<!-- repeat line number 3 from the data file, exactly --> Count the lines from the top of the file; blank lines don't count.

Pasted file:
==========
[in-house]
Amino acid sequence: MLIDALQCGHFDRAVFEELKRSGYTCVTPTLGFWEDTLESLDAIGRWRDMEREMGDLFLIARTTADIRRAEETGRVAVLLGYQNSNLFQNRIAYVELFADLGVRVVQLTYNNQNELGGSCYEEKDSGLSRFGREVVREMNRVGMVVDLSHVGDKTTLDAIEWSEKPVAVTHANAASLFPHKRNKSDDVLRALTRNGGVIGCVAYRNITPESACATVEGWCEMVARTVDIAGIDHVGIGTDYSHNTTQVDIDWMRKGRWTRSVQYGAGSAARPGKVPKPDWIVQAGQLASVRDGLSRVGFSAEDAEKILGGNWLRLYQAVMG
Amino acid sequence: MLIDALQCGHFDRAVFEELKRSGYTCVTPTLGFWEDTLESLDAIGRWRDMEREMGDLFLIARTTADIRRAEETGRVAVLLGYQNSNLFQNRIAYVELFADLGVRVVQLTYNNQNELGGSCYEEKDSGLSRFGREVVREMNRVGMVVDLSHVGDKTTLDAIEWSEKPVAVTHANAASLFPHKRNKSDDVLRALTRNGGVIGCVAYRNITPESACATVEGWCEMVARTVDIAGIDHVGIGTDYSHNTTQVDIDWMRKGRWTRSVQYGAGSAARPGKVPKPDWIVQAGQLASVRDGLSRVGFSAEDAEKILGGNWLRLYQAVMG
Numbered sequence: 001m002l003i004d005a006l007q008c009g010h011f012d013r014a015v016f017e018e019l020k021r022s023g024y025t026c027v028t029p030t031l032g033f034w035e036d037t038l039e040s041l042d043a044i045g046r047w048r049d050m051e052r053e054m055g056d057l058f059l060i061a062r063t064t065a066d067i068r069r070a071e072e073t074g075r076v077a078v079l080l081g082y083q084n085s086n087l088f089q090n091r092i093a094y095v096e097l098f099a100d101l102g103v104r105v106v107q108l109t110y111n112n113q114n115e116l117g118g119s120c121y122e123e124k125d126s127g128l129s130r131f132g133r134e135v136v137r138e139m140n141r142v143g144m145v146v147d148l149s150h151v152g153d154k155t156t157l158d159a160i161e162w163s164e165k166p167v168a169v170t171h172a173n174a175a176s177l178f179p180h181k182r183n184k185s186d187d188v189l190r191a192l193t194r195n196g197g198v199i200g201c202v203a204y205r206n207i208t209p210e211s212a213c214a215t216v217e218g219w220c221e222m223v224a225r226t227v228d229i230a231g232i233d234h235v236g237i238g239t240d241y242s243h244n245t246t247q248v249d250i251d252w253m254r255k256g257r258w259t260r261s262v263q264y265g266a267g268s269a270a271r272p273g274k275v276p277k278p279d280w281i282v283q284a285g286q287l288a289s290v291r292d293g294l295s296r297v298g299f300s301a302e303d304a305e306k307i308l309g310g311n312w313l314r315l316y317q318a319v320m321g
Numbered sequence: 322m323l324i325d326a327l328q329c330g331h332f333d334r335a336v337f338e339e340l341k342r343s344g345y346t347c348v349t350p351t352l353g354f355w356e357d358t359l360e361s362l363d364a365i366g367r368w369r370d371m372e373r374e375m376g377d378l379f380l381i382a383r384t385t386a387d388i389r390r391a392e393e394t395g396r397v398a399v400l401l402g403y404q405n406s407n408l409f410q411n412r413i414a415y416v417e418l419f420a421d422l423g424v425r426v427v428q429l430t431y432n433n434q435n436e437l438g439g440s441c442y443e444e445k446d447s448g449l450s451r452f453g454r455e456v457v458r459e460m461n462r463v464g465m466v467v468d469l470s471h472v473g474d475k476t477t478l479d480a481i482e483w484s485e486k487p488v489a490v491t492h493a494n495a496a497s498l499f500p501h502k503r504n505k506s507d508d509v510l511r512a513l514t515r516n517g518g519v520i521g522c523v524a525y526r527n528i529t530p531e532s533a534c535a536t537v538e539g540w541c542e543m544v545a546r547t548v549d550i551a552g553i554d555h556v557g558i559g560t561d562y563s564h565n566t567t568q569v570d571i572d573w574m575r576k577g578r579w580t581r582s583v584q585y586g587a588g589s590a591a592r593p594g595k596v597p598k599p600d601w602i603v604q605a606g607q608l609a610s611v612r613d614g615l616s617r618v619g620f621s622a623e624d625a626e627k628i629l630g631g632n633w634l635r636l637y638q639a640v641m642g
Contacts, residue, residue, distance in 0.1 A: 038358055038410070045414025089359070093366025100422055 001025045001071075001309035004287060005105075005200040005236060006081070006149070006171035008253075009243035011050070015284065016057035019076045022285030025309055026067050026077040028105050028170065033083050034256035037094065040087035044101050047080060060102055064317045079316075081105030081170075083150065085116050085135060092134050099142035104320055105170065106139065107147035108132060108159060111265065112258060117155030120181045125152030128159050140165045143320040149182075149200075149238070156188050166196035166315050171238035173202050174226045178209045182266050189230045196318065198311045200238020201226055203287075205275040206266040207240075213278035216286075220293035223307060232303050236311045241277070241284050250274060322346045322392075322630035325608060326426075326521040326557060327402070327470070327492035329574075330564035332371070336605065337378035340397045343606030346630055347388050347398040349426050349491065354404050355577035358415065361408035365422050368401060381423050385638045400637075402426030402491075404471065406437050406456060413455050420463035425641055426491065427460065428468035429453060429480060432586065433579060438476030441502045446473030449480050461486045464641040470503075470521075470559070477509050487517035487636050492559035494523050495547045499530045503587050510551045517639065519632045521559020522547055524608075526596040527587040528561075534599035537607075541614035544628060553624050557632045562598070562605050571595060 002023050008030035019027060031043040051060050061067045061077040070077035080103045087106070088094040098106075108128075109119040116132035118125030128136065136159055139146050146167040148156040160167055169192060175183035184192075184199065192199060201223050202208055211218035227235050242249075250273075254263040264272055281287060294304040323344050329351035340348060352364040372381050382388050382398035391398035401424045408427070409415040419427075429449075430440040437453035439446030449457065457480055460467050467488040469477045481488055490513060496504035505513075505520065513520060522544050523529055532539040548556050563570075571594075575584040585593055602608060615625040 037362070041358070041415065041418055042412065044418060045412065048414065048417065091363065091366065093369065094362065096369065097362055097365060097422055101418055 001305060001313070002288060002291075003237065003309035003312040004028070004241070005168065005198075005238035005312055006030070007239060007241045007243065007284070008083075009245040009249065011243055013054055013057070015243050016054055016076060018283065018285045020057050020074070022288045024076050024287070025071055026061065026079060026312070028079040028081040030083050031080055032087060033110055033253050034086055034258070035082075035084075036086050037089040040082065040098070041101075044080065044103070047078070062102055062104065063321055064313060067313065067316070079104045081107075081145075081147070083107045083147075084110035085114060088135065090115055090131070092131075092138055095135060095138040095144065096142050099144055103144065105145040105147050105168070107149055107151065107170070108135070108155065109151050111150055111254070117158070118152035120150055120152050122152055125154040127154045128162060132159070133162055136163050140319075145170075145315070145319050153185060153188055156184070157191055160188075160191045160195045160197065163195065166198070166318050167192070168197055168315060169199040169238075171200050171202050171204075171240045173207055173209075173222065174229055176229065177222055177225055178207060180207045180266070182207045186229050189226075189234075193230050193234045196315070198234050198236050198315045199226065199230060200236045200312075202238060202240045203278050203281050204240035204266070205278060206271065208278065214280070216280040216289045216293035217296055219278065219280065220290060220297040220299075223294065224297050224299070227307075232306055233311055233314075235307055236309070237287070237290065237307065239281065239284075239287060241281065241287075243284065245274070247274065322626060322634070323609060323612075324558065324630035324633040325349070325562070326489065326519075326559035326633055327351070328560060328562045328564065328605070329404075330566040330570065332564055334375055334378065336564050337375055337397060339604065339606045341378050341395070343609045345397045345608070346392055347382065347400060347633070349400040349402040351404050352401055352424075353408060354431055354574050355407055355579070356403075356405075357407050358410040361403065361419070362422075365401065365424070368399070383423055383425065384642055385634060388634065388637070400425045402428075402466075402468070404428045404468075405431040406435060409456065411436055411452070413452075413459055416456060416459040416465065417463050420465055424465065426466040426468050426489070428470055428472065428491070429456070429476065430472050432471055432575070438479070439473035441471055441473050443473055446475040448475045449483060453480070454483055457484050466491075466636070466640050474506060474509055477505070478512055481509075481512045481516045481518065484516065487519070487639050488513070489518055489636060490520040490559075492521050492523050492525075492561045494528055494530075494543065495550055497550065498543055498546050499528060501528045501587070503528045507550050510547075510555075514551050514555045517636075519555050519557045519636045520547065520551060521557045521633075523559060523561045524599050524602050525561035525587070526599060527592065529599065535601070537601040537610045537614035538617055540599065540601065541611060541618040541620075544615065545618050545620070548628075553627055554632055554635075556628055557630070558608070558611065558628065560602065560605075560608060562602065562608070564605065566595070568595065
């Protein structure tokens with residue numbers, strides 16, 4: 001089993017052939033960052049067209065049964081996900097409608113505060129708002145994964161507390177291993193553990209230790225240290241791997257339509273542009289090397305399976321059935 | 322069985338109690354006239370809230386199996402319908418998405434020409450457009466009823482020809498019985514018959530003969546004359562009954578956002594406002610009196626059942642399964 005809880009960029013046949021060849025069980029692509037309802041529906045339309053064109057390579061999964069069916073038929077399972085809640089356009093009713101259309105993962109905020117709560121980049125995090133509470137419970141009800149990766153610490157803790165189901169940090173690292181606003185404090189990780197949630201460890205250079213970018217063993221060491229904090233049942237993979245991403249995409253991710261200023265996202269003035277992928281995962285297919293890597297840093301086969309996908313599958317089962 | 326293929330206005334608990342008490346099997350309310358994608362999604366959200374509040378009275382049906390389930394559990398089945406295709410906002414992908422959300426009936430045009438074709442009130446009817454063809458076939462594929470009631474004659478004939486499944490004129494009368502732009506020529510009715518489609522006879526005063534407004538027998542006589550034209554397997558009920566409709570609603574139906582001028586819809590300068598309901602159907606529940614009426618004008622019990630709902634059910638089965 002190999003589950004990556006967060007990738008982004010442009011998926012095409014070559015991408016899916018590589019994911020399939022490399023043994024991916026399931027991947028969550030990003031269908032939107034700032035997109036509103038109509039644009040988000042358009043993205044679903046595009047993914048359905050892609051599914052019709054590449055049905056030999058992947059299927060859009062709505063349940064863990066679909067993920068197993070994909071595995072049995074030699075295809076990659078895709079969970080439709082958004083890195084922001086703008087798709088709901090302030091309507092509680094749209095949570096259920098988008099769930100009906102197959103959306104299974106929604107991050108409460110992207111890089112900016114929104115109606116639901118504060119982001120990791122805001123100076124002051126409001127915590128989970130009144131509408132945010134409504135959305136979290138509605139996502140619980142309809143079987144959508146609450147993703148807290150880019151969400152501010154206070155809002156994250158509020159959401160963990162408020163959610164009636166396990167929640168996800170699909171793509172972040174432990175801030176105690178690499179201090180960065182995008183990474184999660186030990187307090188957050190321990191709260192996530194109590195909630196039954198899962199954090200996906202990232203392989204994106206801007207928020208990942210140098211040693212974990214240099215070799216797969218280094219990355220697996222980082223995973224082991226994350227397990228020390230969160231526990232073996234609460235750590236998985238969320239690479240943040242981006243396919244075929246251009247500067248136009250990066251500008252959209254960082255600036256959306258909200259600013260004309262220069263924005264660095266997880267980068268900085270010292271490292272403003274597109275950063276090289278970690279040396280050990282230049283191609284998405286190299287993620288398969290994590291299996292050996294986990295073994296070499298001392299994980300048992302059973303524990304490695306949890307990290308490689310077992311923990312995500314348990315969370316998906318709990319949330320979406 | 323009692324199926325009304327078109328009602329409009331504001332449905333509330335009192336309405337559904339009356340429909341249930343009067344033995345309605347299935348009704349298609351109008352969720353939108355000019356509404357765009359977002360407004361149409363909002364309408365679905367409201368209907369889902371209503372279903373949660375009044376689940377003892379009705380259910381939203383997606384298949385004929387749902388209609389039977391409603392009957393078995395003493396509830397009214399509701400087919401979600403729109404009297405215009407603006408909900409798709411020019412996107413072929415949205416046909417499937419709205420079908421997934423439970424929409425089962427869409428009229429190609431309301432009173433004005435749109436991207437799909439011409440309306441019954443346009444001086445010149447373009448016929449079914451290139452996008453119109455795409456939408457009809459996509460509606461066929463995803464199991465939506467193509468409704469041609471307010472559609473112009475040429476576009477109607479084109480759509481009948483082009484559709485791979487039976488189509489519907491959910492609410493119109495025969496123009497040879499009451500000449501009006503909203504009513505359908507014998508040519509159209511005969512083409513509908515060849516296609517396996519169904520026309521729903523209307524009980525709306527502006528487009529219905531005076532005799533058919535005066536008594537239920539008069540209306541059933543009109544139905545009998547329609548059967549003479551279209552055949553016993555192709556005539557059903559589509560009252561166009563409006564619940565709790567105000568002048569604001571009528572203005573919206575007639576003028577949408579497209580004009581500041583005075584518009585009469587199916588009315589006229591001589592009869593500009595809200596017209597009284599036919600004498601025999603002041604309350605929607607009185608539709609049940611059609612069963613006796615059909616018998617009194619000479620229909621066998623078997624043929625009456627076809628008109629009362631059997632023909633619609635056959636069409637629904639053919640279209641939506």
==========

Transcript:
Amino acid sequence: MLIDALQCGHFDRAVFEELKRSGYTCVTPTLGFWEDTLESLDAIGRWRDMEREMGDLFLIARTTADIRRAEETGRVAVLLGYQNSNLFQNRIAYVELFADLGVRVVQLTYNNQNELGGSCYEEKDSGLSRFGREVVREMNRVGMVVDLSHVGDKTTLDAIEWSEKPVAVTHANAASLFPHKRNKSDDVLRALTRNGGVIGCVAYRNITPESACATVEGWCEMVARTVDIAGIDHVGIGTDYSHNTTQVDIDWMRKGRWTRSVQYGAGSAARPGKVPKPDWIVQAGQLASVRDGLSRVGFSAEDAEKILGGNWLRLYQAVMG